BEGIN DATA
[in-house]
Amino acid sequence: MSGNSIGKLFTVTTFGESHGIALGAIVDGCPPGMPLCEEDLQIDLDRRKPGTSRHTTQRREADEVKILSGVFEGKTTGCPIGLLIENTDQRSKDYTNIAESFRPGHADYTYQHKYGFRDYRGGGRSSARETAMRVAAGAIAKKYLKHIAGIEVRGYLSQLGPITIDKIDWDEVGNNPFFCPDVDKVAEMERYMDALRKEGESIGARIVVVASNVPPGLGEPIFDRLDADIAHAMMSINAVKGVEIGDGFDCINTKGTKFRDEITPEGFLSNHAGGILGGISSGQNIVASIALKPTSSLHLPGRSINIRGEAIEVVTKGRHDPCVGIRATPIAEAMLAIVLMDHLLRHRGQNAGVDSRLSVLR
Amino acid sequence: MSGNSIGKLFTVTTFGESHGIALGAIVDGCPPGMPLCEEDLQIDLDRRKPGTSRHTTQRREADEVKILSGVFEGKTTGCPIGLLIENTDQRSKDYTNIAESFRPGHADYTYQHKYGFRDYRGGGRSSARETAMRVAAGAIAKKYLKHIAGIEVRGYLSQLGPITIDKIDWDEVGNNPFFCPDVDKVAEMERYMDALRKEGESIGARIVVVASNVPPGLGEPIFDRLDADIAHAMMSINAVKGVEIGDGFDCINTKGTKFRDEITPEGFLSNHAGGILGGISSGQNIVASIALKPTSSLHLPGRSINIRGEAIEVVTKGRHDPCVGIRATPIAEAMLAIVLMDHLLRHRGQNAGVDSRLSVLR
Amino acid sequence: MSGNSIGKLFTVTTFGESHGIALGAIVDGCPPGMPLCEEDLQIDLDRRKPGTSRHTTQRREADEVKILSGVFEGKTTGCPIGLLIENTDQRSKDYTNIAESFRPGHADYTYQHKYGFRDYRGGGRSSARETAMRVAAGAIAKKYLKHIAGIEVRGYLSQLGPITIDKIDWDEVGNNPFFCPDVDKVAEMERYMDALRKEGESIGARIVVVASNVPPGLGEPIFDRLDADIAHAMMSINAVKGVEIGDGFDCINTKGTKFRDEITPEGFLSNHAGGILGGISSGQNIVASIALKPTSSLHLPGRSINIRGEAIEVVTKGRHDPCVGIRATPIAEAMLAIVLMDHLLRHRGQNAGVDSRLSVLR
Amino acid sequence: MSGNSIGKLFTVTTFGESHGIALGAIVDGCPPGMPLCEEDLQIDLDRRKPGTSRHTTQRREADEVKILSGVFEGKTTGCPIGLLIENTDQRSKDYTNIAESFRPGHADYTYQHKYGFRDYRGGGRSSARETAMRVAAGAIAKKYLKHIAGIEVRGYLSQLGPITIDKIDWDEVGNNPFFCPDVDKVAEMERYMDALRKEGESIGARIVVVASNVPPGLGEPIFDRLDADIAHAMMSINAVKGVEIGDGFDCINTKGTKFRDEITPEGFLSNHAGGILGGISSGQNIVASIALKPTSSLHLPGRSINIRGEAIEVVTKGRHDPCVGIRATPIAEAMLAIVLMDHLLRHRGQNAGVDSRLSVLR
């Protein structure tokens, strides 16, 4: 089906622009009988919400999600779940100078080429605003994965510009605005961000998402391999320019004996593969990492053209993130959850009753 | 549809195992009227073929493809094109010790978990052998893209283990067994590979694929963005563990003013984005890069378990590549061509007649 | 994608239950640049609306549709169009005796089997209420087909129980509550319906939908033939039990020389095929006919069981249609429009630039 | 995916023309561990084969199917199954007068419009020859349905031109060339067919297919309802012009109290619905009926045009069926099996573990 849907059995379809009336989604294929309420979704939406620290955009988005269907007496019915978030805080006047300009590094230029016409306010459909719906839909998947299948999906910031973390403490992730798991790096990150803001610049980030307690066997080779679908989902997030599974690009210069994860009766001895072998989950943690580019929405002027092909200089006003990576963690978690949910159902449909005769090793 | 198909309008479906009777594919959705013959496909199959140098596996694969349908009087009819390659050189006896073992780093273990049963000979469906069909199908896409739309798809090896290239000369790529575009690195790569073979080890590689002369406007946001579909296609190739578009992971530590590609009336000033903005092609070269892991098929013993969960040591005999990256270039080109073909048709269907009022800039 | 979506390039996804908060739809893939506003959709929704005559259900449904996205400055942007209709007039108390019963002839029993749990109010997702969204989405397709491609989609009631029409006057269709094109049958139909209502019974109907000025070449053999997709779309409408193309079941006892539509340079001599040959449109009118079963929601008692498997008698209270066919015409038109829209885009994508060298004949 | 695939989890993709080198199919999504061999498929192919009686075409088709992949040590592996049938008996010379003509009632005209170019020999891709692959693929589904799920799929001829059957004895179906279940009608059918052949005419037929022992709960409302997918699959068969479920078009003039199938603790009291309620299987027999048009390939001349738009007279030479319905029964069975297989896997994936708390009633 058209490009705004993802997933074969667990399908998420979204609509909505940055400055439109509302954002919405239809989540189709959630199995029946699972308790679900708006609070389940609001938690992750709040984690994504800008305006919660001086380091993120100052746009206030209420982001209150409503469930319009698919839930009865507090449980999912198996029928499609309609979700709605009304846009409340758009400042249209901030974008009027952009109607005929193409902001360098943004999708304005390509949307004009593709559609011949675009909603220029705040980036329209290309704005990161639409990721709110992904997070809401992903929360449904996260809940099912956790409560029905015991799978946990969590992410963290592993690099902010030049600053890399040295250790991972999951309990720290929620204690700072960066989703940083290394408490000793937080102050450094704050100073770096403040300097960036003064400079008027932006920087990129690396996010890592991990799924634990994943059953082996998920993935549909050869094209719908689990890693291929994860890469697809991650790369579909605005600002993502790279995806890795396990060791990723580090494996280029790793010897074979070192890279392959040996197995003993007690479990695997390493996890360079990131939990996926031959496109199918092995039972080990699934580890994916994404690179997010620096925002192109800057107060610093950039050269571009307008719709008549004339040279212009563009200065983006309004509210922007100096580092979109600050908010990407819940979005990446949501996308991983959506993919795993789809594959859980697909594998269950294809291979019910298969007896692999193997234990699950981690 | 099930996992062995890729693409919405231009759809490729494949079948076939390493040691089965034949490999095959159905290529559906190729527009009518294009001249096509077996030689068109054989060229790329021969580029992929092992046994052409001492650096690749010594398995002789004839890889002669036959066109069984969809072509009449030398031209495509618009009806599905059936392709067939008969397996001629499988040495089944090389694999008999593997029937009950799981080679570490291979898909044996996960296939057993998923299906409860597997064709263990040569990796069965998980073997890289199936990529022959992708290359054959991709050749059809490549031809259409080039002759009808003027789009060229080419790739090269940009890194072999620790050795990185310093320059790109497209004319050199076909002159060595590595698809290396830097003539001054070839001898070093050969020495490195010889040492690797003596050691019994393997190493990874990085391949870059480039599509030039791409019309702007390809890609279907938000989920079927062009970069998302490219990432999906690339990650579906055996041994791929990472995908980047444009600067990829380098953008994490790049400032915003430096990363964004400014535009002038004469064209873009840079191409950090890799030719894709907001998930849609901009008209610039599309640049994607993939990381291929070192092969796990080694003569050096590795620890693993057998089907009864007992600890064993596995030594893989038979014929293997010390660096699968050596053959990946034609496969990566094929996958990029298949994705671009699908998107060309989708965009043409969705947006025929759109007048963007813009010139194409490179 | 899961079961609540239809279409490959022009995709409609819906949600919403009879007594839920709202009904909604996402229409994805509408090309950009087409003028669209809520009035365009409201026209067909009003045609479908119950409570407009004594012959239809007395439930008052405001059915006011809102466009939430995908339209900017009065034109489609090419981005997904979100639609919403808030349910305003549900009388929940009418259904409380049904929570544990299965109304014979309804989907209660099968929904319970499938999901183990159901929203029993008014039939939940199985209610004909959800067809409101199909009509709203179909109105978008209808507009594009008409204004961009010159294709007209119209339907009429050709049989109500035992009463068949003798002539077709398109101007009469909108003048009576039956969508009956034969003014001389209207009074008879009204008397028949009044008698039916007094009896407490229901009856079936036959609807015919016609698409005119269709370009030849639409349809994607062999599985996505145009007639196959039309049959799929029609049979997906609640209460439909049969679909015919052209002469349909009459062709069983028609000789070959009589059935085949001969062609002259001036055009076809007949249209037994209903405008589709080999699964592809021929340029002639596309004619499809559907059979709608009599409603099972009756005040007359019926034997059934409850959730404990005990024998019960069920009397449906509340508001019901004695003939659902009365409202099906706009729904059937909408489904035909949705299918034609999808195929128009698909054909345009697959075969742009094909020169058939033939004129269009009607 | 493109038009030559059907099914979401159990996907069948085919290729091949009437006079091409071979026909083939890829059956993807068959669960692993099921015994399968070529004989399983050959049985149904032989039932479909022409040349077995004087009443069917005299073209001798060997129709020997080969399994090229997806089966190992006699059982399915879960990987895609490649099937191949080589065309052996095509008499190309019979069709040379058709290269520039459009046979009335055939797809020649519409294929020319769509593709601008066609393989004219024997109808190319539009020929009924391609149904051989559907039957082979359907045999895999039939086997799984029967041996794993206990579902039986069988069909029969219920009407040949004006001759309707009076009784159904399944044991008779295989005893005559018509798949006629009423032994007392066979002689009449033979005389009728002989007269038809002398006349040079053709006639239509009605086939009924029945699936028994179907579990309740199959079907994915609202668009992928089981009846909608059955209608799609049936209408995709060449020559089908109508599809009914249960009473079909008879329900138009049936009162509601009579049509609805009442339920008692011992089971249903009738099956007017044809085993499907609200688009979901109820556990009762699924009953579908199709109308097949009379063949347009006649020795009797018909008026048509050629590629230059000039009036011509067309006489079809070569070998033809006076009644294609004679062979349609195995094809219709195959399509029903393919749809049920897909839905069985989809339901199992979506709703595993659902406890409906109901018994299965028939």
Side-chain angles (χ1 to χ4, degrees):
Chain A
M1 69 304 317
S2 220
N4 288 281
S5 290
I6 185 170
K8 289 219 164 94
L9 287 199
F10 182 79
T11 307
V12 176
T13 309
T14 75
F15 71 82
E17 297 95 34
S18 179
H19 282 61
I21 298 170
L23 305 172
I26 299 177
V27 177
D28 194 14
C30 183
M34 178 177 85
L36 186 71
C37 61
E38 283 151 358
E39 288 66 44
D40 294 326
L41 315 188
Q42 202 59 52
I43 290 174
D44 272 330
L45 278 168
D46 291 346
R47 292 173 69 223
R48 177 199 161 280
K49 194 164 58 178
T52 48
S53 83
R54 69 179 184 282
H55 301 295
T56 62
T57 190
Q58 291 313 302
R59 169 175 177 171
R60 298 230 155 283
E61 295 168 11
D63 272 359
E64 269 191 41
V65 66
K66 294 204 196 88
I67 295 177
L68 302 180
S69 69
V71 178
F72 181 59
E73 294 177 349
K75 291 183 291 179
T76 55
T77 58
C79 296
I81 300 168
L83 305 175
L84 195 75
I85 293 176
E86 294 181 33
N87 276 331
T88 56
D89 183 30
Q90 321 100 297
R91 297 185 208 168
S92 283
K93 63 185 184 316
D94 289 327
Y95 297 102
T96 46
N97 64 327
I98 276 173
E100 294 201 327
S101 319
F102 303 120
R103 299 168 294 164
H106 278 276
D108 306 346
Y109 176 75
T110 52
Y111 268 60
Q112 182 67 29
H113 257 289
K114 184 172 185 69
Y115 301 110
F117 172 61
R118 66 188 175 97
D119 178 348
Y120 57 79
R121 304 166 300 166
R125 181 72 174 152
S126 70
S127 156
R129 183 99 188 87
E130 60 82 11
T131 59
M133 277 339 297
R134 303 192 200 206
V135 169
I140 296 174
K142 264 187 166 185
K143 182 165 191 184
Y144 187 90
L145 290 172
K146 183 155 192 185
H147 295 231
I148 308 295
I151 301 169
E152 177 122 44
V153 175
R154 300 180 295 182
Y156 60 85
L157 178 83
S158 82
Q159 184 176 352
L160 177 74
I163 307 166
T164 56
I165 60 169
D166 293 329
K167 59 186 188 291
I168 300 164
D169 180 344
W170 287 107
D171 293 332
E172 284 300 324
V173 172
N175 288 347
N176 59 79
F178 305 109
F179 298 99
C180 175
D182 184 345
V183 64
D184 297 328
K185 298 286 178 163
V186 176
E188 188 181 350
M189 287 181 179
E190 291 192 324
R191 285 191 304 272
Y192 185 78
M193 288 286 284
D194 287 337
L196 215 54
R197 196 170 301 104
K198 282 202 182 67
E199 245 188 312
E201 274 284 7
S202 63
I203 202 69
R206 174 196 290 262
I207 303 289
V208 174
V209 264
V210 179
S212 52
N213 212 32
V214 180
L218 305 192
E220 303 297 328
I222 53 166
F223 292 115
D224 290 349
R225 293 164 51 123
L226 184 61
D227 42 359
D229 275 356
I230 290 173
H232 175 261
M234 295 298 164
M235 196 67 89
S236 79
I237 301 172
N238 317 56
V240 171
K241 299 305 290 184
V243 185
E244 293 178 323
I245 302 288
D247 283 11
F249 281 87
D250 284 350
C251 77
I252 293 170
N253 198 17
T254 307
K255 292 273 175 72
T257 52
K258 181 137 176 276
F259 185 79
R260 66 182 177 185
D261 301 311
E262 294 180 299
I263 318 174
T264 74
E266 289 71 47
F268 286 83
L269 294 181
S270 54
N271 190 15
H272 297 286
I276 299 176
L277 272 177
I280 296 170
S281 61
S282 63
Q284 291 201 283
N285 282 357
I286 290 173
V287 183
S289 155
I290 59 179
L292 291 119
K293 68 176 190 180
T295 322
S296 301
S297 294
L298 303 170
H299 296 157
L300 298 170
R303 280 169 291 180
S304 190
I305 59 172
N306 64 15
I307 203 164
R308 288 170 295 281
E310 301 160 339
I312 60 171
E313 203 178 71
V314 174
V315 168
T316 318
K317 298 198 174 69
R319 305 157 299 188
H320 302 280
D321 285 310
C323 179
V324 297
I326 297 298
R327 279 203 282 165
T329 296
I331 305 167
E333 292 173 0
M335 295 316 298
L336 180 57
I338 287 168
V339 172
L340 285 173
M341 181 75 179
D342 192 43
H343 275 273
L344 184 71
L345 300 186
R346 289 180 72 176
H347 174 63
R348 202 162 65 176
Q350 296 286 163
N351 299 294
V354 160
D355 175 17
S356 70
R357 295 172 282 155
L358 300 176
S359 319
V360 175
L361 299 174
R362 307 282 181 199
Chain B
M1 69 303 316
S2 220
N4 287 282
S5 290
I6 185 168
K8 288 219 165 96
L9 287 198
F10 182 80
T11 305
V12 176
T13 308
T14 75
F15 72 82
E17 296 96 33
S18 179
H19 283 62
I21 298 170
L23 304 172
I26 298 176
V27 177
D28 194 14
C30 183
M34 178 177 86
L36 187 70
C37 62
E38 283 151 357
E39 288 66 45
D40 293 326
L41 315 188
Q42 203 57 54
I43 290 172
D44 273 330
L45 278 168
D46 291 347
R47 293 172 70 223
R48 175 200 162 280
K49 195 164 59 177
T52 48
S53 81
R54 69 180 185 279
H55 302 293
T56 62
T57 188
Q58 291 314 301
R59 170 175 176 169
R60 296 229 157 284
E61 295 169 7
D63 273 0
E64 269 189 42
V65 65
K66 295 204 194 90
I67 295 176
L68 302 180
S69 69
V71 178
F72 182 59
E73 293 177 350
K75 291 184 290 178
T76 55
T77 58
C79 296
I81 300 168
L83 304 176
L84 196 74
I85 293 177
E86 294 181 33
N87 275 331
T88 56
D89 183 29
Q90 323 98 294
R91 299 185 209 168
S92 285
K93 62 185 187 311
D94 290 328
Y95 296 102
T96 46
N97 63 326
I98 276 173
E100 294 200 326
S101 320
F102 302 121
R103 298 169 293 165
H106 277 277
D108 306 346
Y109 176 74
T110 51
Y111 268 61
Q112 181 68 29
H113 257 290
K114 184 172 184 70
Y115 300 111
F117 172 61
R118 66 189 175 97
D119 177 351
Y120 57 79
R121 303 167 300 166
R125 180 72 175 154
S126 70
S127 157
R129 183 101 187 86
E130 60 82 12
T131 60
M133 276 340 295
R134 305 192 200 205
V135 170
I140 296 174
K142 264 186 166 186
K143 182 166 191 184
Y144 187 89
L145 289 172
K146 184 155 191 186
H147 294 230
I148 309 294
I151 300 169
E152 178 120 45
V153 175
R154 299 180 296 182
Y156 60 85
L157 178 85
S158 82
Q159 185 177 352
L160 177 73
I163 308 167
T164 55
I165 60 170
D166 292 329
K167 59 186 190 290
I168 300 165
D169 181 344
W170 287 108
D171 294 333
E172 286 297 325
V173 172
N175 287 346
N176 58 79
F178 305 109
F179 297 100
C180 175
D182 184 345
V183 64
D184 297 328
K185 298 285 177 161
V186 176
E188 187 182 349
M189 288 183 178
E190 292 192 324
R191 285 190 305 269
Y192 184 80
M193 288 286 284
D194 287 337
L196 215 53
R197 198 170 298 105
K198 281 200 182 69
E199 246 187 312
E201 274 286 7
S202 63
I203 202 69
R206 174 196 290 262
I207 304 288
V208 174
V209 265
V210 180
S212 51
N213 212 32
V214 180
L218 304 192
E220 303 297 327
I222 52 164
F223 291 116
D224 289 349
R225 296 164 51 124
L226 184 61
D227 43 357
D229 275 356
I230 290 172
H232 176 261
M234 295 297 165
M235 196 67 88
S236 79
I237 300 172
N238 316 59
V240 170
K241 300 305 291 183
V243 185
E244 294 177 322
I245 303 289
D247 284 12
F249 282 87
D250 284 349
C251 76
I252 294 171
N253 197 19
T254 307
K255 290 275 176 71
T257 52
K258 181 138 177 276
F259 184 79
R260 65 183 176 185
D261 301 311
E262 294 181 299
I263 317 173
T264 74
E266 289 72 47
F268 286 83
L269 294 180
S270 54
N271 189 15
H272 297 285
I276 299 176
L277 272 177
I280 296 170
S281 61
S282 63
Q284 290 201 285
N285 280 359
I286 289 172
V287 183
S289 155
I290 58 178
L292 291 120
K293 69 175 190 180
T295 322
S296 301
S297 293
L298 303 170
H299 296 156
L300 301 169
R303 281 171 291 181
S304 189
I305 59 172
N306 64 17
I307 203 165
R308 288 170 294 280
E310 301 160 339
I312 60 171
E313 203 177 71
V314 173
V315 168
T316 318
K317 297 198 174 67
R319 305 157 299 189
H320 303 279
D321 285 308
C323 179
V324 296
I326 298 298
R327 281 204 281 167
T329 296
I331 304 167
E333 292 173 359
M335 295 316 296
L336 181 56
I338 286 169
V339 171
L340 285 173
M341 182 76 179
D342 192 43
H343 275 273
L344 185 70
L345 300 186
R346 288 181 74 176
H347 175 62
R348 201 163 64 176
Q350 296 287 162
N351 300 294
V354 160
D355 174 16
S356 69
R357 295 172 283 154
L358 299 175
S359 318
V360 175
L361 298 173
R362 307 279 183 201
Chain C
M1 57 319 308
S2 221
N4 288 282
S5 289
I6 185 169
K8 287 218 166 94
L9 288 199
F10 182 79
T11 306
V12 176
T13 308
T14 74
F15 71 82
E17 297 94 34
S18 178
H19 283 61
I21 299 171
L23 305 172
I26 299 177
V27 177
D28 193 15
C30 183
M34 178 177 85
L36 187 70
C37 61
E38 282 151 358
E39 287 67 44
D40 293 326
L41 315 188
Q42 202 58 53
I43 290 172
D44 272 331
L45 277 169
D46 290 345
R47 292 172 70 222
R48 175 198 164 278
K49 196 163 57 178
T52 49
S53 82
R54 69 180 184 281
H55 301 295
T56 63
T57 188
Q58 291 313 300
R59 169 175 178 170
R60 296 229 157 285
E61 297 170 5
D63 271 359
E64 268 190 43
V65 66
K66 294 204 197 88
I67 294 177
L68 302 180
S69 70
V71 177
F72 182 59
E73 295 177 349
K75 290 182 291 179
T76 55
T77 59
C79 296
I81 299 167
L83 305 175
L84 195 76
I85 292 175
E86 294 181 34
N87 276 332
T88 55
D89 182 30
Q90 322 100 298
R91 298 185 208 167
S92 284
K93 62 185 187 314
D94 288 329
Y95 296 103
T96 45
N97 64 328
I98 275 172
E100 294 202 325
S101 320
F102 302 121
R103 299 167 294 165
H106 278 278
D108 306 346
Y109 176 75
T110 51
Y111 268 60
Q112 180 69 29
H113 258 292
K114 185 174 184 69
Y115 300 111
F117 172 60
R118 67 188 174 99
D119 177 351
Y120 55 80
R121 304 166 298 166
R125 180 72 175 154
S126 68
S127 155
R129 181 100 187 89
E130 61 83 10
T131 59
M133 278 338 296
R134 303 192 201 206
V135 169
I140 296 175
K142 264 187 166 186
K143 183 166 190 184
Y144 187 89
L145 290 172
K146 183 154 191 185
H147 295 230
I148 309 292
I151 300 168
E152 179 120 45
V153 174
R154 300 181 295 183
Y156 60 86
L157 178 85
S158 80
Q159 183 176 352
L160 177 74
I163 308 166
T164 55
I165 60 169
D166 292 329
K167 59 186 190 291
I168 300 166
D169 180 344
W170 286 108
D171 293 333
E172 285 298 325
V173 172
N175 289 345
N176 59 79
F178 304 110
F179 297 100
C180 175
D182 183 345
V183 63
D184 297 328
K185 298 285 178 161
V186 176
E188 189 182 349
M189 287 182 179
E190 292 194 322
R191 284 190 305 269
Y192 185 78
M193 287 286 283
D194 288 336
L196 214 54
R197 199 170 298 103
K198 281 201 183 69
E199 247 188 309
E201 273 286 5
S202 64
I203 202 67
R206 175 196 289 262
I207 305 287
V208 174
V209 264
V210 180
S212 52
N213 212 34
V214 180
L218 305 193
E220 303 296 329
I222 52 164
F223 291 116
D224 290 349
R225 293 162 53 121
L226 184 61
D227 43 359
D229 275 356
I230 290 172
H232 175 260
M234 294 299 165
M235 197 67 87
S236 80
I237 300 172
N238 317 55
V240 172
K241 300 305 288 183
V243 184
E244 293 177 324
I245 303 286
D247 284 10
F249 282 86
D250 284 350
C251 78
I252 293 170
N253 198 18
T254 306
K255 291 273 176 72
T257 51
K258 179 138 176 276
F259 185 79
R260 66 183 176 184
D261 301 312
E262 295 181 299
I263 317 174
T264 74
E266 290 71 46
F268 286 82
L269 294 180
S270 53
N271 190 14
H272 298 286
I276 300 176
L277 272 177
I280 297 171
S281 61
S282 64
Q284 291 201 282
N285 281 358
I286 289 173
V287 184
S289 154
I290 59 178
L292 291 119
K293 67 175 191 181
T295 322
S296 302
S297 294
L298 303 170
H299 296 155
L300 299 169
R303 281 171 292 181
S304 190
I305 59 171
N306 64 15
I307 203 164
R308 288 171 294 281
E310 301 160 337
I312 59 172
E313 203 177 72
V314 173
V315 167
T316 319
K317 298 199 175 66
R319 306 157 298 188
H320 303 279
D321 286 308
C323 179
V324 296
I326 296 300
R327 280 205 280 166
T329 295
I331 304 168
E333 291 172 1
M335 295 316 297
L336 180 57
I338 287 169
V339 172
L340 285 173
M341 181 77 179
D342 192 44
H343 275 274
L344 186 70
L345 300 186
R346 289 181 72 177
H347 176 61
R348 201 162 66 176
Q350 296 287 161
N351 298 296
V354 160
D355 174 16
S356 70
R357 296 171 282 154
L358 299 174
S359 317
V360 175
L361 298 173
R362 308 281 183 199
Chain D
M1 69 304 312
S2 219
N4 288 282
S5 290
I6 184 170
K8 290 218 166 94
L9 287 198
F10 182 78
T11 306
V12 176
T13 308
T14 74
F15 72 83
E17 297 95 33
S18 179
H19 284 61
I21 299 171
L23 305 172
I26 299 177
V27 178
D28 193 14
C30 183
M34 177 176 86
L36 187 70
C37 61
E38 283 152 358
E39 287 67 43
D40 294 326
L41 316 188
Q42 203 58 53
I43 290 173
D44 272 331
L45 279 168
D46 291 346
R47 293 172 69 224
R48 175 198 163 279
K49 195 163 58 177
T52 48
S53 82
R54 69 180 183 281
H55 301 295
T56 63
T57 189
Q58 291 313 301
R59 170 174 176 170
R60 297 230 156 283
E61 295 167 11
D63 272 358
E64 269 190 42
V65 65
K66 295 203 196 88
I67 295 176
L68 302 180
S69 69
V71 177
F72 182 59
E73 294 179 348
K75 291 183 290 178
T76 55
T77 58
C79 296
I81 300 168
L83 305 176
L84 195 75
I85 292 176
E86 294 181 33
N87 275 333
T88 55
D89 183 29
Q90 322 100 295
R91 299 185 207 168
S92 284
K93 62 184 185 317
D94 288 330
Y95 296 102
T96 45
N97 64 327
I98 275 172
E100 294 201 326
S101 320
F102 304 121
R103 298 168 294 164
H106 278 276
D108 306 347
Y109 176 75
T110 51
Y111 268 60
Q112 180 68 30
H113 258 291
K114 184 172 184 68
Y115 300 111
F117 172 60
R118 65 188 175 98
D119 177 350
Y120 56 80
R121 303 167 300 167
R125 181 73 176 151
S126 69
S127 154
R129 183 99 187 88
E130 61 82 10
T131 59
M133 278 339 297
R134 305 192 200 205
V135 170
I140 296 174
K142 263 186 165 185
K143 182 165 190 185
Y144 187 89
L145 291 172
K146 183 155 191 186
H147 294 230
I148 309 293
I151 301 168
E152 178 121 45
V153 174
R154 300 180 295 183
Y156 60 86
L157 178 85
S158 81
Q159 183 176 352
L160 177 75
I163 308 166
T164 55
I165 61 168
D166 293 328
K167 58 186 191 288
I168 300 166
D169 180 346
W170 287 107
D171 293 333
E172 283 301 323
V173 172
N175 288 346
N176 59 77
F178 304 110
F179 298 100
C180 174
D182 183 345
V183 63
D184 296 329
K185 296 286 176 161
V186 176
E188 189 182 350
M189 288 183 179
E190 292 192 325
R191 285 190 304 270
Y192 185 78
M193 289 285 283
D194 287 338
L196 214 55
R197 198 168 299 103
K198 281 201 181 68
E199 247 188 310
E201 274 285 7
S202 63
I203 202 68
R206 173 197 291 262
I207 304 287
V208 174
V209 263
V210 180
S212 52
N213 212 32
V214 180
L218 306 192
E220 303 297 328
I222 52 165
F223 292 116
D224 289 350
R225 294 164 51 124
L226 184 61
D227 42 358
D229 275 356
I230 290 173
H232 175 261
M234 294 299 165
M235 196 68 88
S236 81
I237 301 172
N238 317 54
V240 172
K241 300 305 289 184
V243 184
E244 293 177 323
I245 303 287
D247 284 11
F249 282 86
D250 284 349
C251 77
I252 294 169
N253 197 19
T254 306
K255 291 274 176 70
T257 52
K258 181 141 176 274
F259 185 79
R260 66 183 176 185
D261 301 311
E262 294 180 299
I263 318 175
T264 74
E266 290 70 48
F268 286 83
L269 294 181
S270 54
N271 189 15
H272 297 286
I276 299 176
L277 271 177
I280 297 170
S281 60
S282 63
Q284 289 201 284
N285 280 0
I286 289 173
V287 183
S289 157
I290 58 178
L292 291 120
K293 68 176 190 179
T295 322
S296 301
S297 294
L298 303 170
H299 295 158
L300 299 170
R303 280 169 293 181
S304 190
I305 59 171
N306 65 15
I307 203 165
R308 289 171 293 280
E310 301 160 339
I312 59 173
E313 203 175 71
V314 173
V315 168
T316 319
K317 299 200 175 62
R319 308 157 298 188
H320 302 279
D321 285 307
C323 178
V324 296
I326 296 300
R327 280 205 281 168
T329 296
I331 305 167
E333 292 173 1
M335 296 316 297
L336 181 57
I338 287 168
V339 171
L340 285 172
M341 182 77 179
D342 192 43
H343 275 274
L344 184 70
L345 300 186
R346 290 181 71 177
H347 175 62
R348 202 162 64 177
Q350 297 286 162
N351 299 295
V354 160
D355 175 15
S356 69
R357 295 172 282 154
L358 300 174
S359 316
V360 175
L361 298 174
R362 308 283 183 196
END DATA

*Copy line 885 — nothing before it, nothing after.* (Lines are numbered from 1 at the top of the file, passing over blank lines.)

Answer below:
I67 295 176